Seeing Chapman’s Double Fantasy album is a chilling reminder of the murder. Some fans might think it almost sacrilege to put it on display, but Cushman thinks it’s a part of the story.
“It’s an emotional thing,” said Cushman.
“It’s like talking about Princess Diana — my wife’s a big Princess Diana fan — and not talking about her (death). To talk about John Lennon’s life, you have to talk about his death.”
Cushman has been doing Beatles shows for two decades, and says fans often get emotional seeing Fab Four material.
“People cry, people get excited,” he said. “Stuff like this tugs at the heartstrings.”
He knows, because he’s been hooked on the Beatles since he saw them on the Ed Sullivan Show on Feb. 9, 1964.
“After we saw the first Ed Sullivan Show, with 73 million people watching it, we went back to school the next day and everyone was just flabbergasted: ‘Did you see those guys?!!’, ” he said.

“And ever since then, nothing’s ever been the same.”
He started off collecting Beatles bubble gum cards and magazines. He slept on a Beatles pillow. But he didn’t become a “serious” Beatles collector until 1985, when he bought a set of Beatles autographs.
“Back then, it cost about $500,” he said.
“Now a set of all four could set you back anywhere up to $10,000, depending on the quality and what it’s signed on.”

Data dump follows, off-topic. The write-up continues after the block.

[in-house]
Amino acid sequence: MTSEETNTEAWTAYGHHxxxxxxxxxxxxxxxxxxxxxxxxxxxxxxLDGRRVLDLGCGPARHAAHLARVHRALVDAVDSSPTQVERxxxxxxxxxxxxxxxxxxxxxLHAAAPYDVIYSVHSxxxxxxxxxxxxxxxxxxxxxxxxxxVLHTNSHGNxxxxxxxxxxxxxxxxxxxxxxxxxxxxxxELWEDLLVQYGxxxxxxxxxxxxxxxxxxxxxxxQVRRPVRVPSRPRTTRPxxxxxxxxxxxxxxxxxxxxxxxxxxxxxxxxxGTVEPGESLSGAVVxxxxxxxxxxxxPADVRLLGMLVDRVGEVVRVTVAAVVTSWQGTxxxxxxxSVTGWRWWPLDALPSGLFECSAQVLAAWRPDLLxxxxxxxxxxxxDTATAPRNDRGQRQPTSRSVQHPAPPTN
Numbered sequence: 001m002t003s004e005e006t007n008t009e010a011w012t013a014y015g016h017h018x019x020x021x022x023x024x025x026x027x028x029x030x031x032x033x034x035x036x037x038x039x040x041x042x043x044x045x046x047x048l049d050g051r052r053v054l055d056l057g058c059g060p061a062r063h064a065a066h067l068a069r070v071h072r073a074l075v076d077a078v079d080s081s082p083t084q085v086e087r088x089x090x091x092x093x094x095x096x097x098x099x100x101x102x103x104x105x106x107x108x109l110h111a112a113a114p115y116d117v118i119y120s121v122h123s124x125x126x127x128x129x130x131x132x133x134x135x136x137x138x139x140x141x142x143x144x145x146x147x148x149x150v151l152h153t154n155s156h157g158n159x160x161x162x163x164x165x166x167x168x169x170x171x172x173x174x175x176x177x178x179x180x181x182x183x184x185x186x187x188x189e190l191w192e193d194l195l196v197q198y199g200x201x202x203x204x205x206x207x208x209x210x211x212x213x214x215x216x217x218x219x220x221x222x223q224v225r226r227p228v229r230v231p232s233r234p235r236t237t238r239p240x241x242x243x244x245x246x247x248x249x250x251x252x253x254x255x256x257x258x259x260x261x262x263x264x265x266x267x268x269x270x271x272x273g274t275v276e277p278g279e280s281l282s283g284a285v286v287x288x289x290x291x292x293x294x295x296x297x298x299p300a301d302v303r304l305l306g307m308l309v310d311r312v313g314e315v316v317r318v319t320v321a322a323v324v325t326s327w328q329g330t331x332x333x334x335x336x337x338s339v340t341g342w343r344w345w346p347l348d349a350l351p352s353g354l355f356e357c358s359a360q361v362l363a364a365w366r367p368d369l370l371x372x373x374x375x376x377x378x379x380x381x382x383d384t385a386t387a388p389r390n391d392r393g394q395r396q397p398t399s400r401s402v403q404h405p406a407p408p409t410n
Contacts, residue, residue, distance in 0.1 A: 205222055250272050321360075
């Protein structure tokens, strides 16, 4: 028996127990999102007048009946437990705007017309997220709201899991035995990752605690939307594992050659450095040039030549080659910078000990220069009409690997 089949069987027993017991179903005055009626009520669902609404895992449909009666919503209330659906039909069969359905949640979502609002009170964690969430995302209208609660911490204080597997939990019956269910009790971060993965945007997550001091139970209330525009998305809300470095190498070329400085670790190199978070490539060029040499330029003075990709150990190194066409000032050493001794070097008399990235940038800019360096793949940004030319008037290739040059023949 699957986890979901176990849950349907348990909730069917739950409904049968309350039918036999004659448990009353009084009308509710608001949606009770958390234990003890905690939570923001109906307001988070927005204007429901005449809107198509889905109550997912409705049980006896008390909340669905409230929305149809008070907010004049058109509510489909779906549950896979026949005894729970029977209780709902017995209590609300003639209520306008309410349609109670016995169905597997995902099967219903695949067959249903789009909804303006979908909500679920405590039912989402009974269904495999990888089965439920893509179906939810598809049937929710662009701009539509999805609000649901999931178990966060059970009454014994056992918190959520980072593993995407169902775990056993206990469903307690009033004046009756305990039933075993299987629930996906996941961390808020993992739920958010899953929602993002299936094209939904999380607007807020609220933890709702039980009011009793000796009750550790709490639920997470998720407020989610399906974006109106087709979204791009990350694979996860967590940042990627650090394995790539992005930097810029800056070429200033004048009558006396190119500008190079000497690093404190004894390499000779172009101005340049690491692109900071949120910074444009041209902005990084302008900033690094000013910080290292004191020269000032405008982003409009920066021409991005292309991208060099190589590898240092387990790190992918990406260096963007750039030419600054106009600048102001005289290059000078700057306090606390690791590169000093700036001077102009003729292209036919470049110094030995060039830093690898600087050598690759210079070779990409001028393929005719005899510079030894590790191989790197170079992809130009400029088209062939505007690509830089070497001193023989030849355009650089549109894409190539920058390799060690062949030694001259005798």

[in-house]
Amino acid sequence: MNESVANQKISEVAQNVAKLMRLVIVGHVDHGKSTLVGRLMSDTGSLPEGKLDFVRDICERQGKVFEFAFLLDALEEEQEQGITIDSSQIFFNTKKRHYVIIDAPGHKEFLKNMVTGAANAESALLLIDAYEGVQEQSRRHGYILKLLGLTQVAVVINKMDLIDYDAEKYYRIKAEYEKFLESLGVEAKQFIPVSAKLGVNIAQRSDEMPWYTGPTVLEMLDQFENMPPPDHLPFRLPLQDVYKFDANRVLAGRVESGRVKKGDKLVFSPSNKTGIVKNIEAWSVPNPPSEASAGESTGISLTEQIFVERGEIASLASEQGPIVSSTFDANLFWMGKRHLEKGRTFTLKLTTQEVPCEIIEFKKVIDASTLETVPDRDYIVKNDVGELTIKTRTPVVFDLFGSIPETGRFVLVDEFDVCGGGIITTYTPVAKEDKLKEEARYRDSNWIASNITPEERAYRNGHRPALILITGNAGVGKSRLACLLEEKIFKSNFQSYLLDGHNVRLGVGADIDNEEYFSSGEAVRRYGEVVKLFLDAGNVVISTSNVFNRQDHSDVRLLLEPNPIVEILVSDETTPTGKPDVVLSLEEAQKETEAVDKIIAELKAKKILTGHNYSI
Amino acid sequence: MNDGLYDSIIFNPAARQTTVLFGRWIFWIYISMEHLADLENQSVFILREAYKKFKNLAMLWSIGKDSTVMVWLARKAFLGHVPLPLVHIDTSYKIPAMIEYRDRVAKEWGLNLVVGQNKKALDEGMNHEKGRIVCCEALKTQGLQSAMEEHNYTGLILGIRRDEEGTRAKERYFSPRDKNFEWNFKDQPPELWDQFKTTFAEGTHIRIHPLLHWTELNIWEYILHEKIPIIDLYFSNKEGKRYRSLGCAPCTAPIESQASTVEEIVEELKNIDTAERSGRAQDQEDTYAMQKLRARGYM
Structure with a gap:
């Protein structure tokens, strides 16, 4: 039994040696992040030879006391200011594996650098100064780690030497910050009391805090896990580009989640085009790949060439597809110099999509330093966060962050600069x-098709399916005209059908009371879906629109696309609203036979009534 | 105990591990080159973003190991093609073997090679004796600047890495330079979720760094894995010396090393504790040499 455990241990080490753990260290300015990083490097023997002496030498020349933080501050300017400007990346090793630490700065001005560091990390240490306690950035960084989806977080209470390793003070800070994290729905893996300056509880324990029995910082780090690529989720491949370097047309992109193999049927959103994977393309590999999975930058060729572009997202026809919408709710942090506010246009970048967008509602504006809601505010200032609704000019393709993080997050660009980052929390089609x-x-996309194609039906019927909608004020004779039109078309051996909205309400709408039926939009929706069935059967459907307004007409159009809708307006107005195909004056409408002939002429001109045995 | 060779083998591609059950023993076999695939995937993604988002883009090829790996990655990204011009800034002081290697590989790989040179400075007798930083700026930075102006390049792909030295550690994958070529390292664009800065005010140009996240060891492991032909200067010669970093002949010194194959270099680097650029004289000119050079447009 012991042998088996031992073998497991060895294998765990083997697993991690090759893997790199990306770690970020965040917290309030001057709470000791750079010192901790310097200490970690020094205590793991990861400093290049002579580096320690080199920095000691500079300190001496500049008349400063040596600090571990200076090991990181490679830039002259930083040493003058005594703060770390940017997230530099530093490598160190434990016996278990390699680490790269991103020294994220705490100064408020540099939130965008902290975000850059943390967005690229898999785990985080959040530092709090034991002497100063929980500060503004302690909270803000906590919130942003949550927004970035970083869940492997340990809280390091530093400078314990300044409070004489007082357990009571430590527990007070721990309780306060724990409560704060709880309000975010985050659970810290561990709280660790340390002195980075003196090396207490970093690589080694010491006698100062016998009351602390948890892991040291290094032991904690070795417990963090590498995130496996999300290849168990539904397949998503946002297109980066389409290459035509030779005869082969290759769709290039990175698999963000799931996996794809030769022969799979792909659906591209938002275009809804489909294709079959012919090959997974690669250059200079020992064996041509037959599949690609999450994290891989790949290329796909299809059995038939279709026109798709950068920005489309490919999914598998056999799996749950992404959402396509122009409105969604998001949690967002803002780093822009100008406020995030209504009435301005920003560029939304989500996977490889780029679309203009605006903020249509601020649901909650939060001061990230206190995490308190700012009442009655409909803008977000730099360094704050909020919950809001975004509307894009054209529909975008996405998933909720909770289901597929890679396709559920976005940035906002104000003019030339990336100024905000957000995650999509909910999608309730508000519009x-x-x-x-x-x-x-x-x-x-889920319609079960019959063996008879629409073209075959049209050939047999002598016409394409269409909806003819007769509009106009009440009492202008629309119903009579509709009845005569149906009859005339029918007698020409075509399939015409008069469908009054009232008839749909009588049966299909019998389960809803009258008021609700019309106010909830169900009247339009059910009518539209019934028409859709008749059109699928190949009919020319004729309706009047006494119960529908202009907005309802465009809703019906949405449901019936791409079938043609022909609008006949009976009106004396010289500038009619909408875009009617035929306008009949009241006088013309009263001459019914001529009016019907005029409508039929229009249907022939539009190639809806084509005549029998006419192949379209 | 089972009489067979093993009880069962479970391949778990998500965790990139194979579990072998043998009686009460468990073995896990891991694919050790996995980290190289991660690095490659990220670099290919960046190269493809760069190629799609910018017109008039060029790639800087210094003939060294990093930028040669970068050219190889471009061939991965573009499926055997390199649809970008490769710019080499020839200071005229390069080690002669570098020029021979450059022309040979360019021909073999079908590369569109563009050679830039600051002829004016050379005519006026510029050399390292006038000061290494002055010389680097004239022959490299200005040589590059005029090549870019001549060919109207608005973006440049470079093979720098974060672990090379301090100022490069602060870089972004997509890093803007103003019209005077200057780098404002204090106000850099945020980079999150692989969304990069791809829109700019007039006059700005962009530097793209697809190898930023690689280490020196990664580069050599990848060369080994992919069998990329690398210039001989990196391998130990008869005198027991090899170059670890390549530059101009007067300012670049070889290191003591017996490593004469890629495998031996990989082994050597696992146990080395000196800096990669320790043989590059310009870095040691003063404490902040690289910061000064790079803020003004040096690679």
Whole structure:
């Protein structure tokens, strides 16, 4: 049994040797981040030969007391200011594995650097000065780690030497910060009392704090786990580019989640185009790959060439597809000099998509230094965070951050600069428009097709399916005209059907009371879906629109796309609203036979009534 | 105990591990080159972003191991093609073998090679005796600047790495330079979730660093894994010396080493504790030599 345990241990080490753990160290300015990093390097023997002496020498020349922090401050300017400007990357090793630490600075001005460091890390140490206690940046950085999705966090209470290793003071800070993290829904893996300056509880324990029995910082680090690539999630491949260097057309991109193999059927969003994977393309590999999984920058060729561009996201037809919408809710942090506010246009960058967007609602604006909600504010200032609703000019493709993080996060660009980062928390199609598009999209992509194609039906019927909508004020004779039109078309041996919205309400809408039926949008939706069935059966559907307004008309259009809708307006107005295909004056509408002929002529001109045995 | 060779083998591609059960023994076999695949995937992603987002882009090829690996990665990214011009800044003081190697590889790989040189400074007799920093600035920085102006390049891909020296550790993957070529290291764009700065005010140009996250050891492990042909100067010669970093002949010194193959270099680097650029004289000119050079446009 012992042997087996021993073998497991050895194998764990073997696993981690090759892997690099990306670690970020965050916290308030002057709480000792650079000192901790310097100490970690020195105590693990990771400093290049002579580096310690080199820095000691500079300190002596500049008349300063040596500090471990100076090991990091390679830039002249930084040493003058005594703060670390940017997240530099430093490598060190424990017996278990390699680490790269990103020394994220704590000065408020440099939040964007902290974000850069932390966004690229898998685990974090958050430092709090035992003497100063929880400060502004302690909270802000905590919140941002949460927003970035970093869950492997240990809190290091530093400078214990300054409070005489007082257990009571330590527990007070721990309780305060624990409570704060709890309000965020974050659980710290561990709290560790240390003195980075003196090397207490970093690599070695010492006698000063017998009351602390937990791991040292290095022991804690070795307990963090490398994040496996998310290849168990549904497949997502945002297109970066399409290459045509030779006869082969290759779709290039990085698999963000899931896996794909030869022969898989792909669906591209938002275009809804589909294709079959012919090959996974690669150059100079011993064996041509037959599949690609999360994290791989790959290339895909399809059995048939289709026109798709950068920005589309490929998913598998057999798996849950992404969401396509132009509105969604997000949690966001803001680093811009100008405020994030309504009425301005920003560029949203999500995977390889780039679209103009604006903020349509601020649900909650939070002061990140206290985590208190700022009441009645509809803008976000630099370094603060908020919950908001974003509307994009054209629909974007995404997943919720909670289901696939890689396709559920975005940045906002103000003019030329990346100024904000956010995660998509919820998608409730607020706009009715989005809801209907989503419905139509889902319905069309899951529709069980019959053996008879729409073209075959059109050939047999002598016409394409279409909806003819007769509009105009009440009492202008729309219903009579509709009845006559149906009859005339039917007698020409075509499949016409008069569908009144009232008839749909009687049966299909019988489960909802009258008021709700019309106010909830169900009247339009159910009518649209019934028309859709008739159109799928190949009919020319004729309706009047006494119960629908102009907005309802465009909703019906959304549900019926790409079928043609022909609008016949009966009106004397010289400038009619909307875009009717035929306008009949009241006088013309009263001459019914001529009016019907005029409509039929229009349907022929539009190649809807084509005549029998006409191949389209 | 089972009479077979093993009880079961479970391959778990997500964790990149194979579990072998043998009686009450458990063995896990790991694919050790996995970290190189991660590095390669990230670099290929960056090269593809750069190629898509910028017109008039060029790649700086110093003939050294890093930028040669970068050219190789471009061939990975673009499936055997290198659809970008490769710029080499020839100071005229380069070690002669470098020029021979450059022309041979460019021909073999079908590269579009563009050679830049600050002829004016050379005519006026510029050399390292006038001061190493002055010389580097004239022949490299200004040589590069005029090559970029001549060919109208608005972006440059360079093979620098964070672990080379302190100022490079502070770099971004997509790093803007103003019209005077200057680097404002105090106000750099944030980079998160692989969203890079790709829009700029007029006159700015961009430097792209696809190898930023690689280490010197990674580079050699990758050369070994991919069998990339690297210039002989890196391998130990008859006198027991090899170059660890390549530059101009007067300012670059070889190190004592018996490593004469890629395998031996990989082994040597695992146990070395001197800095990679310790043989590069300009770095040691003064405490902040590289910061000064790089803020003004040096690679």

A lot of his stuff is on display at the PNE, alongside memorabilia from fellow collectors Dennis Toll and Pete Miniaci, who both live in Toronto. But one of the key items on display comes from Victoria — John Lennon’s psychedelic Rolls-Royce, which is now owned by the Royal BC Museum.
Cushman was at the PNE when it arrived this week, and was beside himself.
“The guy let me sit in the back,” he said. “It was like Christmas in August, I was like a little kid again.”
Curley said the exhibit will try to show the Beatles story from the band’s point of view. There are some incredible behind the scenes photos by Curt Gunther.
“He was with the Beatles for the American tours,” said Curley.
“He took photographs backstage, of the hotel rooms they stayed in, of the Beatles in cars. You’re able to see from their perspective what it must have been like to be surrounded by these huge crowds of people.
“People who really had very little respect for their own lives, (trying) to get close to the individuals they were worshipping — they would crush (the Beatles’) cars and all that.
“We’re able to see through Curt’s work a glimpse of what it must have been like every day on the road.”
Red Robinson got a glimpse of that life when he was the MC of the Beatles show at Empire Stadium back in 1964. And even he’s excited to see what The Magical History Tour has in store.
“Once in a while you get to see stubs from the Beatles show here in ’64, but when you get to an exhibit like this, it’s extensive, stuff you wouldn’t normally see,” he said.
“I think it’s cool, because we never get to see it, because it’s in private collections.”